Anthony McCall, leading figure of experimental cinema in the 1970s, is above all known for his solid lights sculpting moving volumes in space and changing with the movements of visitors. Line describing a Cone is the most emblematic work of his research. Oscillating between sculpture, drawing and video, this work offers to the viewer an experience both physical and visual.
In dialogue with this immersive installation are presented two videos from the series D’après Caspar David Friedrich by Sarkis, also approaching the ephemeral moment of creation through an unprecedented practice of watercolor.
Opening on Saturday September 19, 2020 at 6 p.m.
Conference by Etienne Bernard, director of Frac Bretagne, Tuesday September 29, 2020 at 12:15 p.m.
The display is full of surprises, don’t you think? These heights, the visual echoes between paintings and photographs are indeed astonishing. Maybe you already know it : this collection is yours. It is a common good that a team of professionals is taking care of so that in decades, we can still understand and appreciate it.
The Frac Bretagne collection brings together works of artists from different generations and art scenes whether local, regional and international. Abstraction is one of the historical bases of the collection which also unfolds around thematic axes: works in relation to nature, that question the status of the contemporary image, the artist as a witness to his/her time, as well as as large monographic bodies.
The works go in and out from this storage for exhibitions and participatory projects. The FRACs are indeed the most widely distributed public collections in France. This principle of mobility defines these institutions as essential players in regional policies aiming to reduce geographical and social disparities in access to culture. Thus, FRACs are facilitating the discovery of contemporary art by the most diverse types of publics.
For you, the Frac has recorded voices to listen to. You’ll her an improbable flight attendant, fine connoisseur of conservation issues, witnesses recounting their memories of the works that you can see, technicians who know the collection better than anyone, works that speak to each other… and also the public with whom the Frac sets up numerous projects throughout the region and who has bring art pieces into their venues.
This installation by French Artist Anaïs Touchot (born in 1987 in Dinan), situated in Frac Bretagne’s Canyon, is a space where the public is invited to relax, read, listen, scribble, hide, or chat, surrounded by barricades/palisades and tatami mats. Le Pédilove offers a place for lounging, encouraging bodies to adopt a slightly softer attitude, waiting and lascivious. Words painted on fabrics, table and signs play with expressions lifted from hypnosis, meditation, and coaching tutorials, adding a “fortune cookie” aspect to the artificial environment.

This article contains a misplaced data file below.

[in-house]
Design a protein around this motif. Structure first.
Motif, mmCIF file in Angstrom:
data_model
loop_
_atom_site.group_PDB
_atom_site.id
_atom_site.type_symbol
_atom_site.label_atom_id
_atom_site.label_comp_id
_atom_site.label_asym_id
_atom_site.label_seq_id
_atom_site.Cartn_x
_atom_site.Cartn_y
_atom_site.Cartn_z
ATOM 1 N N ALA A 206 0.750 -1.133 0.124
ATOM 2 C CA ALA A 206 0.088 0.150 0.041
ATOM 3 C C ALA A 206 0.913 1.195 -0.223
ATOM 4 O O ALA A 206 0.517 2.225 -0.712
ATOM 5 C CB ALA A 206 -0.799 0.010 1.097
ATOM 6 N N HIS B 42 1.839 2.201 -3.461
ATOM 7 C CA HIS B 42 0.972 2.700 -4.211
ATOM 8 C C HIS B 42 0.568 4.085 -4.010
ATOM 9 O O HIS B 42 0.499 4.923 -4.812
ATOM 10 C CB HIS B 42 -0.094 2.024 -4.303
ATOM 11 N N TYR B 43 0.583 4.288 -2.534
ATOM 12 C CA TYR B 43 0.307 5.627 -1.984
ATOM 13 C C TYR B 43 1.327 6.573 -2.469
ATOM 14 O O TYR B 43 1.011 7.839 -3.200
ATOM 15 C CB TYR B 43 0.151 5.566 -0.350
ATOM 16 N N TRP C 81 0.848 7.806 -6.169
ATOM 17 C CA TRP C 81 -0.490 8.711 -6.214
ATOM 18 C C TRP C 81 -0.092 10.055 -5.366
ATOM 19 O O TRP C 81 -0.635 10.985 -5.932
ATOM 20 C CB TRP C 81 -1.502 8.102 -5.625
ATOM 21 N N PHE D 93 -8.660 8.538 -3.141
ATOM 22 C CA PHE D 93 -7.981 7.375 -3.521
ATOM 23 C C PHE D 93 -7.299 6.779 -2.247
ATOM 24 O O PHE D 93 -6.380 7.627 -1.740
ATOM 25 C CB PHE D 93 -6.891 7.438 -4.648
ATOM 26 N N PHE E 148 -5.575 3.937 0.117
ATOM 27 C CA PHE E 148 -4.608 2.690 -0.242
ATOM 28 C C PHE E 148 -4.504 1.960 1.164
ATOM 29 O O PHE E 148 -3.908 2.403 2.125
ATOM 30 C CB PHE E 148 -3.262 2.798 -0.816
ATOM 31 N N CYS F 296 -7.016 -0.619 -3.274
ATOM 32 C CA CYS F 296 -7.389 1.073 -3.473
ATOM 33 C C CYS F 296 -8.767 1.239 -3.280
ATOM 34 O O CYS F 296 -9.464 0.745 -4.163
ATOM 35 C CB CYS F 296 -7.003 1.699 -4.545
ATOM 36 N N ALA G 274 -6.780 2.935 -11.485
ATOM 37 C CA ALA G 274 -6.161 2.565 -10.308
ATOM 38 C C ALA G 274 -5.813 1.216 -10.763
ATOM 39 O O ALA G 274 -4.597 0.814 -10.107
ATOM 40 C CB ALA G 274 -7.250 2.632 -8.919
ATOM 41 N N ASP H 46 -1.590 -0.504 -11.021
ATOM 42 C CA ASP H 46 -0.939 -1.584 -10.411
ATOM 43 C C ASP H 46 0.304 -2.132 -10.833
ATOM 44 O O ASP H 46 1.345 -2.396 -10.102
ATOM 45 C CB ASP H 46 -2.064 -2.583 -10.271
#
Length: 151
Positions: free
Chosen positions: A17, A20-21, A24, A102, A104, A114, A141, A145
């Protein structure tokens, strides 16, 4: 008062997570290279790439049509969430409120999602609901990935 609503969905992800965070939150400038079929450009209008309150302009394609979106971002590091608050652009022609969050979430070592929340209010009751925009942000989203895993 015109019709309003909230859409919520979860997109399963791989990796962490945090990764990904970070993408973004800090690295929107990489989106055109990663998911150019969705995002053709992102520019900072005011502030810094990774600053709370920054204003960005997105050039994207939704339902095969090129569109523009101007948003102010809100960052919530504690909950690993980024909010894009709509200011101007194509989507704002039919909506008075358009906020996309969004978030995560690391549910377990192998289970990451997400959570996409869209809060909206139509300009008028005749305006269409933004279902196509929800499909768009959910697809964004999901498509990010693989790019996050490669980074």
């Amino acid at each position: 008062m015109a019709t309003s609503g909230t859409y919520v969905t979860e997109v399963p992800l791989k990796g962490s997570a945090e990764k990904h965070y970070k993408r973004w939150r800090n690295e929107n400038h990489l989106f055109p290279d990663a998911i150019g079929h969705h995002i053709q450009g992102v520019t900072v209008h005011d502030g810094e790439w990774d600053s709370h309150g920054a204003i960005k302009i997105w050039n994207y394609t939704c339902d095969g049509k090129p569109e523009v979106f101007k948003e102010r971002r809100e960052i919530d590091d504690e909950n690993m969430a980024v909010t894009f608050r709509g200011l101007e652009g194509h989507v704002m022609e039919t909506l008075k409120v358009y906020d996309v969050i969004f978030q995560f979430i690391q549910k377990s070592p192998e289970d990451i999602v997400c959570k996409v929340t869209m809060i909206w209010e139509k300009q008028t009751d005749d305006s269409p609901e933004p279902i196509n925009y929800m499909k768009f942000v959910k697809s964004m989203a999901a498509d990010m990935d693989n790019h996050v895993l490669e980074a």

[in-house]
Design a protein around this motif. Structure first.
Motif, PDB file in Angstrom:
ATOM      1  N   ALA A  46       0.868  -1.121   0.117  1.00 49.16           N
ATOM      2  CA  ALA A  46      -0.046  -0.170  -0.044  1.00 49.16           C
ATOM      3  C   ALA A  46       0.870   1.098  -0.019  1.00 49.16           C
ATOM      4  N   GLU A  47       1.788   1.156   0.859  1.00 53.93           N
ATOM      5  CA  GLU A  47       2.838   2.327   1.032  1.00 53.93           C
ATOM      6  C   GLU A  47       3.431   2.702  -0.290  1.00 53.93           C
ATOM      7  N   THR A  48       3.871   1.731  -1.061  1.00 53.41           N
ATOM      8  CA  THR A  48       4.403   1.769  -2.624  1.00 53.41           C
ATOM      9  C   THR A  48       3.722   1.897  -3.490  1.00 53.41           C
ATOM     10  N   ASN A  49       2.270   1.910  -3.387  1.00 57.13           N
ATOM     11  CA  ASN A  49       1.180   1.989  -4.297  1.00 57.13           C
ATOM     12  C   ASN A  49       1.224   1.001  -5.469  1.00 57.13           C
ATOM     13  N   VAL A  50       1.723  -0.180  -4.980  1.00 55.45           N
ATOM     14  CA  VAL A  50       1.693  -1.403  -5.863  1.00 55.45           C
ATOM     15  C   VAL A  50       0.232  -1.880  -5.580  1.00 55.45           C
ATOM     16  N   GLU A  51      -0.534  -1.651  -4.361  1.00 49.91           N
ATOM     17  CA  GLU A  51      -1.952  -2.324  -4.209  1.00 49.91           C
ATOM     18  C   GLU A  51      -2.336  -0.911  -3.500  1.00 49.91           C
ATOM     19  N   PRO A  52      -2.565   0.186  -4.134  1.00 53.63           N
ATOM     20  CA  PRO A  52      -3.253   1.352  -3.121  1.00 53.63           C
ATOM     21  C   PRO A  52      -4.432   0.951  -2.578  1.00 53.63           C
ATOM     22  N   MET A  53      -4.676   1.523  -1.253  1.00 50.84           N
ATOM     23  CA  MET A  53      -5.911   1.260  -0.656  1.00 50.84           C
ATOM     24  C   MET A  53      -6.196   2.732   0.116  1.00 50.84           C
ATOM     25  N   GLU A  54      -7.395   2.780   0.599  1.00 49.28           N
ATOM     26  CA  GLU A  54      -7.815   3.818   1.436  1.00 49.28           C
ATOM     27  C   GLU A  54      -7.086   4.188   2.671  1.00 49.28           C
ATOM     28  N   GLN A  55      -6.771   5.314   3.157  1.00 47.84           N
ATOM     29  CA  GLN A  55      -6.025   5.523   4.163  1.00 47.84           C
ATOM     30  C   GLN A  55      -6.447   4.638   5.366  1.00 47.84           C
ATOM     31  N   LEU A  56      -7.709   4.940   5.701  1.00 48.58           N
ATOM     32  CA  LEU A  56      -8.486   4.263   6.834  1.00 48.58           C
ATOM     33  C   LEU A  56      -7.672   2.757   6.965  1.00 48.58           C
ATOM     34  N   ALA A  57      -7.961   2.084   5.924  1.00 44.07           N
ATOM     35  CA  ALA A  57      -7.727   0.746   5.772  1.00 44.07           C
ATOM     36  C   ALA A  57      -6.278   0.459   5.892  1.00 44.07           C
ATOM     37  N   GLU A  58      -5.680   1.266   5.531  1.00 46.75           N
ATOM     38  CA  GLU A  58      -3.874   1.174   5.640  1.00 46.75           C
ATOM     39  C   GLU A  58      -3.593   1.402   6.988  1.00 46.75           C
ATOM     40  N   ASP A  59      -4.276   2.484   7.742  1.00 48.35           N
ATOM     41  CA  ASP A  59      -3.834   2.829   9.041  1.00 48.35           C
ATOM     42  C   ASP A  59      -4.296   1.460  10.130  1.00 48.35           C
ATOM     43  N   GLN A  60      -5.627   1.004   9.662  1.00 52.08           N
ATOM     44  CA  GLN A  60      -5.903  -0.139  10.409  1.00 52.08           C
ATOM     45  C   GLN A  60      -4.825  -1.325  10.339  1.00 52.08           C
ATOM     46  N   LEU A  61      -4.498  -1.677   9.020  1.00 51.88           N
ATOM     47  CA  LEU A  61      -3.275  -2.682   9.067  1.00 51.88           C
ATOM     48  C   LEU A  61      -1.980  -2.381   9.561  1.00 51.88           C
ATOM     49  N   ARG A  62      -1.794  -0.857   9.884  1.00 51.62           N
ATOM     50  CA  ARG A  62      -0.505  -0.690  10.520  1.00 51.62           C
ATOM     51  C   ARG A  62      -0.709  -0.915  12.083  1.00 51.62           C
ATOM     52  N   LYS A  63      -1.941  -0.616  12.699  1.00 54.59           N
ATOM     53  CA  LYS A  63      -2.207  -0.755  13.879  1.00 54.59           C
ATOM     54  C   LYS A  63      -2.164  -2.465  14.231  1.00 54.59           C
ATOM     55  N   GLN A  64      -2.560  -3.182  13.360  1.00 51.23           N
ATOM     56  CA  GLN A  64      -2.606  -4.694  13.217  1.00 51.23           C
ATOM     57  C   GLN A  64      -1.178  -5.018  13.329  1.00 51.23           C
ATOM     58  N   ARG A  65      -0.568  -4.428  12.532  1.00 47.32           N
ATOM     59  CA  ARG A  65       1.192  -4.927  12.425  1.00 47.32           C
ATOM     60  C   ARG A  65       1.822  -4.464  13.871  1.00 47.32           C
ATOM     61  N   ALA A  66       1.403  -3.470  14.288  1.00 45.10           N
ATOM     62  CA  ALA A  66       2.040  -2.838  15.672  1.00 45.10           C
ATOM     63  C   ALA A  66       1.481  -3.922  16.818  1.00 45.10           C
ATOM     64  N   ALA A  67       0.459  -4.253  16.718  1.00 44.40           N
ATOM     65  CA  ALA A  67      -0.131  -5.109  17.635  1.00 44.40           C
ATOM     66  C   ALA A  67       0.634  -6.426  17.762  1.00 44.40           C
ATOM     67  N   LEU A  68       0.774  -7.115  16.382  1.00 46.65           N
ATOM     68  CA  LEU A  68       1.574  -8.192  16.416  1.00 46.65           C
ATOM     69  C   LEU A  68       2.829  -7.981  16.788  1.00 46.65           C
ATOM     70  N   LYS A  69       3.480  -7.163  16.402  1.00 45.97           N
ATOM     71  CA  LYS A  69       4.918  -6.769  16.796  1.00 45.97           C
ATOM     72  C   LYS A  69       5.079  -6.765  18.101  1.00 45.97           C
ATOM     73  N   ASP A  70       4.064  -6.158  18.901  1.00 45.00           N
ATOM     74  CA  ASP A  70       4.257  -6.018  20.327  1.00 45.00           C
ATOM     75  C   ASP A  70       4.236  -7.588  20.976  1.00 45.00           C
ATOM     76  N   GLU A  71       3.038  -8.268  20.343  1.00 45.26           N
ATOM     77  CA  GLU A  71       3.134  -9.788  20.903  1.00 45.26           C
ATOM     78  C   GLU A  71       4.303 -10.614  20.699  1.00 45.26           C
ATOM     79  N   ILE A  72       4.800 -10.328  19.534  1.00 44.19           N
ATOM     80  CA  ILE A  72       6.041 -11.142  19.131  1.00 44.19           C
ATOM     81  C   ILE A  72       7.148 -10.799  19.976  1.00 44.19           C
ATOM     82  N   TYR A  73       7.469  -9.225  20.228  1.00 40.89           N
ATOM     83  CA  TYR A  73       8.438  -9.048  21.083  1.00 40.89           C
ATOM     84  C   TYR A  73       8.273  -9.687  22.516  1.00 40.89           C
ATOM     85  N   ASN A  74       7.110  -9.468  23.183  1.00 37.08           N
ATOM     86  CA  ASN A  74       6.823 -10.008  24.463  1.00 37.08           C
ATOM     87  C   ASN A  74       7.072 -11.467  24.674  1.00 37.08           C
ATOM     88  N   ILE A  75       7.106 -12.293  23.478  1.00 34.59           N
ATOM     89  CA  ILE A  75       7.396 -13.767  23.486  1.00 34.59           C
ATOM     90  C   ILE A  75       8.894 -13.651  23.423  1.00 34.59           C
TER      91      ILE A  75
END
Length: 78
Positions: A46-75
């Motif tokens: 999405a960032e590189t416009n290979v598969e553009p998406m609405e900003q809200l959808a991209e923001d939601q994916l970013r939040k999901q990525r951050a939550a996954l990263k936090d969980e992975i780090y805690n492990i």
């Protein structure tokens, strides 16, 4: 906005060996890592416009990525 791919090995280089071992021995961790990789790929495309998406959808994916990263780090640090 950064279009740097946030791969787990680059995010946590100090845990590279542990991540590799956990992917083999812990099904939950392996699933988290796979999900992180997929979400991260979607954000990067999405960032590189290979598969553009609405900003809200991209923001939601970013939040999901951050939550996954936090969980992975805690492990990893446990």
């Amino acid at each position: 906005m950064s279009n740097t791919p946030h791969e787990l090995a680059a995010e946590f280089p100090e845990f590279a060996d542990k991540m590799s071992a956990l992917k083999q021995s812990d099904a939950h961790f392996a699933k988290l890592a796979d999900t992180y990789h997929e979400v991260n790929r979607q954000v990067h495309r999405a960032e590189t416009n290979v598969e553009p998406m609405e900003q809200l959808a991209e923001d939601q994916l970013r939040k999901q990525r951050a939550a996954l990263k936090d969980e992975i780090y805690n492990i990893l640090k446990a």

By inventing a space that borrows codes from multiple places, Anaïs Touchot carries on with her work as a “builder” or “demolisher” of shared spaces, affirming her role in the production of forms in which she diverts the weight of materials, removing any aspect of solemnity. A spirit of derision hovers in the titles of her latest works: “I will leave my old skin there”, “Muddy Glory”, “Lost Cat”, “Beauty worker”. These installations use catchphrases and buzzwords as a way of anchoring oneself in a shared banality, one that levels hierarchies, bringing together the art of the beauty salon, the football match, or the cat bar. “Relax, everything will be fine”.
The so-called “skylight” space was transformed in 2019 into a “canyon”, a hybrid space between an artistic experimentation platform and an educational space. It is inhabited by the passable installation “Le Pédilove” by Anaïs Touchot. It is a friendly and flexible place that promotes debate and the collective as well as individual experience – it is equipped with tables, seats, documentary resources, etc.